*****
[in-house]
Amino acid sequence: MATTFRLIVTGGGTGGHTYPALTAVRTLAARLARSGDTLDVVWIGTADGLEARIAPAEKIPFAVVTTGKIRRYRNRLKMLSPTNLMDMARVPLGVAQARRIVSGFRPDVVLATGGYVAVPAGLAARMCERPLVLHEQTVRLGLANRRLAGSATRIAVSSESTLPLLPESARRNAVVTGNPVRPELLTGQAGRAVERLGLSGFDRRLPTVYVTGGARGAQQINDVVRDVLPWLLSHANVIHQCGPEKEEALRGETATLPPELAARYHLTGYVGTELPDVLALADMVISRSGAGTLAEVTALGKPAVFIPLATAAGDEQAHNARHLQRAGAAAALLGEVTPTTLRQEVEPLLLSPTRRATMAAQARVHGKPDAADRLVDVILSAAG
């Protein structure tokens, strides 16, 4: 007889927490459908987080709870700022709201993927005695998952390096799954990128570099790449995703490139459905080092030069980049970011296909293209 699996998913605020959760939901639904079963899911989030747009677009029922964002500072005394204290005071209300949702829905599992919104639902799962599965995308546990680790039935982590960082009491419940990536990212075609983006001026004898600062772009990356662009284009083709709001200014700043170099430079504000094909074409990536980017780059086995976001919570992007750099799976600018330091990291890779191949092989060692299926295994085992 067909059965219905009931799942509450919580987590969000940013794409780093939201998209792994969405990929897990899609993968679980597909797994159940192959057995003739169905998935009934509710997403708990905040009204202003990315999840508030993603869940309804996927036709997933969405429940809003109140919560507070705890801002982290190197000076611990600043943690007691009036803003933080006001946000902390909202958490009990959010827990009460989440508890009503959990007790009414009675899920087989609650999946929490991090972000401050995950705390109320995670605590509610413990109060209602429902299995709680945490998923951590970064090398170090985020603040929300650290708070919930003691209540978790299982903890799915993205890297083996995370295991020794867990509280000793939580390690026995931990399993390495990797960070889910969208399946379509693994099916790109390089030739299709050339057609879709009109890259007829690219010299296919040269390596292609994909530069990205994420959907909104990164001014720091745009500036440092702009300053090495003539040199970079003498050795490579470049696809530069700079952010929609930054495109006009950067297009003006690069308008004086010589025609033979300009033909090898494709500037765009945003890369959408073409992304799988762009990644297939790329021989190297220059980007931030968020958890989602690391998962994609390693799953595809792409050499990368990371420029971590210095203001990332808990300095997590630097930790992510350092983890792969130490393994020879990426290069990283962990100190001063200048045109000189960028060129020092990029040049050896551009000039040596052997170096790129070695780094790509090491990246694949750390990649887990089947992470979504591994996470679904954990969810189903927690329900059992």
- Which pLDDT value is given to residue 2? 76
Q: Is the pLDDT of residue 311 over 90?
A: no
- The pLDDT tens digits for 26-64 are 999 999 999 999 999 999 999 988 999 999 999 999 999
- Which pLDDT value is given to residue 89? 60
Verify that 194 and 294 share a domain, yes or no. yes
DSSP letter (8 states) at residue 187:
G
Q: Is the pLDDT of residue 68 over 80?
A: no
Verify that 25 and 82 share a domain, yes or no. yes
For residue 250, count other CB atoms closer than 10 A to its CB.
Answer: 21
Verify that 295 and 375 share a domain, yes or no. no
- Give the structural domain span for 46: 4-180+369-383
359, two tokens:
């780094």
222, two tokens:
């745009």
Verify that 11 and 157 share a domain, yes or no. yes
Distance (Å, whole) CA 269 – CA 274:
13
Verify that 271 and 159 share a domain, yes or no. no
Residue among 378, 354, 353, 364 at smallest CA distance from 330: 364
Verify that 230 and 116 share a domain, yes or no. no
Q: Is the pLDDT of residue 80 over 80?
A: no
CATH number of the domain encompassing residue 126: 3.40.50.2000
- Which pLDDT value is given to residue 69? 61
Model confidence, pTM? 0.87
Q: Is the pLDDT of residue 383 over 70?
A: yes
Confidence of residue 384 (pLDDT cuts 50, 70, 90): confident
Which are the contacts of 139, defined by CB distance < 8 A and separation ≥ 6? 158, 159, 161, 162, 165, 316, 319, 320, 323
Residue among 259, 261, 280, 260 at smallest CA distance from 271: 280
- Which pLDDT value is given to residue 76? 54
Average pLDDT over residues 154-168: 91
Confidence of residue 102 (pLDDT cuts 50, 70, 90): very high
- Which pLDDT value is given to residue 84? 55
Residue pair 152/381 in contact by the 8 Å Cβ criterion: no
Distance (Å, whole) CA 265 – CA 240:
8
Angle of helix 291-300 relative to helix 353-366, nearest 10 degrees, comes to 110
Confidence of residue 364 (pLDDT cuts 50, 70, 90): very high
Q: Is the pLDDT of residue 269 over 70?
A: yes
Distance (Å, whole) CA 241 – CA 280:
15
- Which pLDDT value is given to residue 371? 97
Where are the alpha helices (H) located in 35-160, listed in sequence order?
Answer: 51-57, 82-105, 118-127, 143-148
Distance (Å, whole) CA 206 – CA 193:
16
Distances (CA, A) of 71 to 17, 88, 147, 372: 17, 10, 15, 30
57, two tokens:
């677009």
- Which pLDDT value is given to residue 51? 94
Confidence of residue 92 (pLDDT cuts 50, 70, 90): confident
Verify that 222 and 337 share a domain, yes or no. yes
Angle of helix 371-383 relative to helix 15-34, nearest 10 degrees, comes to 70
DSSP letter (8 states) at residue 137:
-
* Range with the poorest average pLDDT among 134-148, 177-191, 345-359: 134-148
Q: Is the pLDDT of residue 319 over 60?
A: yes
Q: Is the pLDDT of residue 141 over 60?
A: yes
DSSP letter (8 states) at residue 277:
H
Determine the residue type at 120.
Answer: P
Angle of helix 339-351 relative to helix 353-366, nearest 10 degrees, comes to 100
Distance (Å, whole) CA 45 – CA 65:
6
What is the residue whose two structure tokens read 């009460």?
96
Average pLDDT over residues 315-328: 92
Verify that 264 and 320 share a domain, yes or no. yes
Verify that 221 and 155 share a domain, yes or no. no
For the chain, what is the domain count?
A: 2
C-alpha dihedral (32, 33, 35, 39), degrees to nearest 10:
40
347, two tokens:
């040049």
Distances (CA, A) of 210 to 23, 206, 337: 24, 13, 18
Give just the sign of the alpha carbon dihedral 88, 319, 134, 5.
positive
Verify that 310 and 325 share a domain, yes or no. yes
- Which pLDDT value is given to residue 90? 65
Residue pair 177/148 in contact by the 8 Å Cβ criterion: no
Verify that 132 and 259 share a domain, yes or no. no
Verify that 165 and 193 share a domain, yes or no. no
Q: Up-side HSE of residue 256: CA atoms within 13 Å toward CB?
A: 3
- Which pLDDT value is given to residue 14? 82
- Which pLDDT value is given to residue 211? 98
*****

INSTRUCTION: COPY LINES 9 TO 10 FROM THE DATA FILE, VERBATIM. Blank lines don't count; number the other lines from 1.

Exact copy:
Verify that 194 and 294 share a domain, yes or no. yes
DSSP letter (8 states) at residue 187: